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Toola O. Taylor, # B41154 v. Jack Ashby

August 17, 2012

TOOLA O. TAYLOR, # B41154, PLAINTIFF,
v.
JACK ASHBY, DAVID REDNOIR, TRACY LEE, JOHN DOE #1-3, JAMES M. RYAN, GINA ALLEN, AND GLADYSE C. TAYLOR, DEFENDANTS.



The opinion of the court was delivered by: Reagan, District Judge:

MEMORANDUM AND ORDER

Plaintiff Taylor, an inmate in Menard Correctional Center, brings this action for deprivations of his constitutional rights pursuant to 42 U.S.C. § 1983. Plaintiff is serving a thirty-two year sentence. This case is now before the Court for a preliminary review of the complaint pursuant to 28 U.S.C. § 1915A, which provides:

(a) Screening.-- The court shall review, before docketing, if feasible or, in any event, as soon as practicable after docketing, a complaint in a civil action in which a prisoner seeks redress from a governmental entity or officer or employee of a governmental entity.

(b) Grounds for Dismissal.-- On review, the court shall identify cognizable claims or dismiss the complaint, or any portion of the complaint, if the complaint--

(1) is frivolous, malicious, or fails to state a claim on which relief may be granted; or

(2) seeks monetary relief from a defendant who is immune from such relief.

An action or claim is frivolous if "it lacks an arguable basis either in law or in fact." Neitzke v. Williams, 490 U.S. 319, 325 (1989). An action fails to state a claim upon which relief can be granted if it does not plead "enough facts to state a claim to relief that is plausible on its face." Bell Atlantic Corp. v. Twombly, 550 U.S. 544, 570 (2007). Conversely, a complaint is plausible on its face "when the plaintiff pleads factual content that allows the court to draw the reasonable inference that the defendant is liable for the misconduct alleged." Ashcroft v. Iqbal, 556 U.S. 662,678 (2009). Although the Court is obligated to accept factual allegations as true, see Smith v. Peters, 631 F.3d 418, 419 (7th Cir. 2011), some factual allegations may be so sketchy or implausible that they fail to provide sufficient notice of a plaintiff's claim. Brooks v. Ross, 578 F.3d 574, 581 (7th Cir. 2009). Additionally, Courts "should not accept as adequate abstract recitations of the elements of a cause of action or conclusory legal statements." Id. At the same time, however, the factual allegations of a pro se complaint are to be liberally construed. See Rodriguez v. Plymouth Ambulance Serv., 577 F.3d 816, 821 (7th Cir. 2009).

Upon careful review of the complaint and any supporting exhibits, the Court finds it appropriate to exercise its authority under § 1915A; a portion of this action is subject to summary dismissal.

The Complaint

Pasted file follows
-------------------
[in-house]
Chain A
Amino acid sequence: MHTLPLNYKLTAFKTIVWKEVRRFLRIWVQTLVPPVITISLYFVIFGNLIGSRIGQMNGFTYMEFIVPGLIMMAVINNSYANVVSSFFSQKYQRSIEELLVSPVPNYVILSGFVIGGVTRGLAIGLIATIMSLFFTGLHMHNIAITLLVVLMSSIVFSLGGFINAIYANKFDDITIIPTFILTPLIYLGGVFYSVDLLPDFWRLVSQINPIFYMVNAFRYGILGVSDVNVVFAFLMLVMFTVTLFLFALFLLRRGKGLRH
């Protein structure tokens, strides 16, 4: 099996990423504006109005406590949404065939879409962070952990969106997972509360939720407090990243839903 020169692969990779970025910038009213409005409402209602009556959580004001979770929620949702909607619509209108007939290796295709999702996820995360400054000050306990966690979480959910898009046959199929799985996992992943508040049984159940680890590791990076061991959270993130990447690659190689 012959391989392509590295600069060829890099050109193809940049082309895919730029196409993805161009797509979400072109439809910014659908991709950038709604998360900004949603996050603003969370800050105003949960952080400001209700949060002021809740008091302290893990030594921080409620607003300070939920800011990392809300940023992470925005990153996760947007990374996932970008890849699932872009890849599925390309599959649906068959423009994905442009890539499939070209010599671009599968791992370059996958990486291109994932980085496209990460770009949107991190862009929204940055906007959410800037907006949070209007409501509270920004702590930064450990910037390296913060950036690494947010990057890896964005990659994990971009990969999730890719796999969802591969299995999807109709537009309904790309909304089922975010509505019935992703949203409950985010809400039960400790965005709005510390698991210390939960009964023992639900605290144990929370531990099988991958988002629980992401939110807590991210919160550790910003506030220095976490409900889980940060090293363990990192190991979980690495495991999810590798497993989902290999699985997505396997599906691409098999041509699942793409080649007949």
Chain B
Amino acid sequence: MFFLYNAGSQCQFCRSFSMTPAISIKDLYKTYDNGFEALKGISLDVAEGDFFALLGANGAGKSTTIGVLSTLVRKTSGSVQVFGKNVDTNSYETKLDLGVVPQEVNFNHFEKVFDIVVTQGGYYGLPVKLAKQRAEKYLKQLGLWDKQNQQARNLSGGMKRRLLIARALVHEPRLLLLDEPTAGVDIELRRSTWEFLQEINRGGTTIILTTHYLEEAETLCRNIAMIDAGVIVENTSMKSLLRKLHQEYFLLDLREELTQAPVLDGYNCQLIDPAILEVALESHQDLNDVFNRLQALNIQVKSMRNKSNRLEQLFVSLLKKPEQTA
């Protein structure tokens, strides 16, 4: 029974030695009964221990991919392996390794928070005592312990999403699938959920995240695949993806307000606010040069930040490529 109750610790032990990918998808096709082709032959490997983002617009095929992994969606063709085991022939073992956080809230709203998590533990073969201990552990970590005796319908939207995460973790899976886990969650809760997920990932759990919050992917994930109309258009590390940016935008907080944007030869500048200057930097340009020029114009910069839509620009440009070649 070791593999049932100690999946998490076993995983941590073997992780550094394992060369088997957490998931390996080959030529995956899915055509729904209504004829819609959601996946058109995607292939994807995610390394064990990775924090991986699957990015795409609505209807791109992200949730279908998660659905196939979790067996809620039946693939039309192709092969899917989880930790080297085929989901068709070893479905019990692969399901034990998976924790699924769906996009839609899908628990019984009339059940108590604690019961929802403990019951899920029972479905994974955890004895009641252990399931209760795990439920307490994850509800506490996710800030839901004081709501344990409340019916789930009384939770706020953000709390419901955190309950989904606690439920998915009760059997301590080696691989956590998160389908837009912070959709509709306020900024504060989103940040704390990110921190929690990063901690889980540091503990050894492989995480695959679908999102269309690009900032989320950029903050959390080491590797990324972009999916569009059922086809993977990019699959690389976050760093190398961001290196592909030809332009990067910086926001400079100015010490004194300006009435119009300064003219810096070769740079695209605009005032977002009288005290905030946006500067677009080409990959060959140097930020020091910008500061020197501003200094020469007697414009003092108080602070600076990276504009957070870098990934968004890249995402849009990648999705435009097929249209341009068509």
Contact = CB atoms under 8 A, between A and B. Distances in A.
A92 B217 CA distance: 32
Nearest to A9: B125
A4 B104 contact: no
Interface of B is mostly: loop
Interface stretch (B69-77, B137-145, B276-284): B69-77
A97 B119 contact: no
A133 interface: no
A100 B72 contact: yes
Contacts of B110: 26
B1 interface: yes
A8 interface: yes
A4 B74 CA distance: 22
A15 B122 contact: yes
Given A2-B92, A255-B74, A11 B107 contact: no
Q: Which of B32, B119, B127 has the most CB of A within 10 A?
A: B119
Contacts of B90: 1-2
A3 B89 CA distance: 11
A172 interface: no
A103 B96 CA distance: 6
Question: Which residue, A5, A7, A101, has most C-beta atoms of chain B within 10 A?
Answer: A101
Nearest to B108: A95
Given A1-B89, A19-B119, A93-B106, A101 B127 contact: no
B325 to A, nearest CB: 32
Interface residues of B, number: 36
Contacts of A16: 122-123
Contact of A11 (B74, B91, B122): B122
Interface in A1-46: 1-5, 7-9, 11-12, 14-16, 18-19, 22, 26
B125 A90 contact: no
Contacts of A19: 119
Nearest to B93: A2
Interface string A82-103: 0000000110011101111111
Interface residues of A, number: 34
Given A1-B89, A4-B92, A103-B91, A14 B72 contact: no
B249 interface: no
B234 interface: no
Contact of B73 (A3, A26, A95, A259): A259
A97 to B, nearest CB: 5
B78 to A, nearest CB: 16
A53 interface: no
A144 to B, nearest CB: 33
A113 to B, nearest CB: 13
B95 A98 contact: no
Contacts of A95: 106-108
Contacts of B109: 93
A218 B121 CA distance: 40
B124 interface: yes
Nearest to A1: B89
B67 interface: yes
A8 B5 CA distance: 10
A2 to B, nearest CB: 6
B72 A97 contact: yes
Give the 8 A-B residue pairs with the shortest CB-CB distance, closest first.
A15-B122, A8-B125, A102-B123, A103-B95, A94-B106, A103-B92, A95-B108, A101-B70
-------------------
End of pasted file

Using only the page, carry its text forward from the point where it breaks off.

In his pro se complaint, Plaintiff Taylor states that on July 8, 2010 he was issued a "major" Inmate Disciplinary Report ("ticket') for disobeying an order. He received 60 days in segregation-although he ultimately remained in segregation for 90 days. Plaintiff alleges that race motivated the decision to classify his offense as "major;" in violation of his right under the Fourteenth Amendment to the equal protection of the laws. According to Taylor, white inmates' offenses are characterized as "minor." Taylor further contends that he was denied due process at every step in the administrative processing and review of his ticket and resulting punishment, in violation of the Fourteenth Amendment. Plaintiff also takes issue with the conditions of his confinement in segregation, which allegedly amount to cruel and unusual punishment in violation of the Eighth Amendment. After he attempted to seek redress, Taylor was threatened with retaliation in violation of the First Amendment: if he did not stop writing grievances and letters about his situation, he would never leave segregation.

Plaintiff seeks a preliminary and permanent injunction reforming Menard's IDR review system and grievance service procedure, closing unsafe segregation cells, and condemning the baseless segregation of prisoners. He also requests compensatory and punitive damages.

Discussion

Based on the allegations of the complaint, the only aspect of the complaint that fails on its face is Taylor's First Amendment retaliation claim against Defendant Correctional Counselor James Ryan. Therefore, without comment as to the relative merit of Taylor's other claims, the Court will analyze the retaliation claim in more depth.

Plaintiff Taylor filed repeated grievances and written complaints from July through September of 2010 regarding the conditions of his segregation cell(s) and the errors during his disciplinary hearing. During the first week of October 2010, Plaintiff's counselor, James Ryan, came to Plaintiff's cell. He told Plaintiff to discontinue filing grievances and ...


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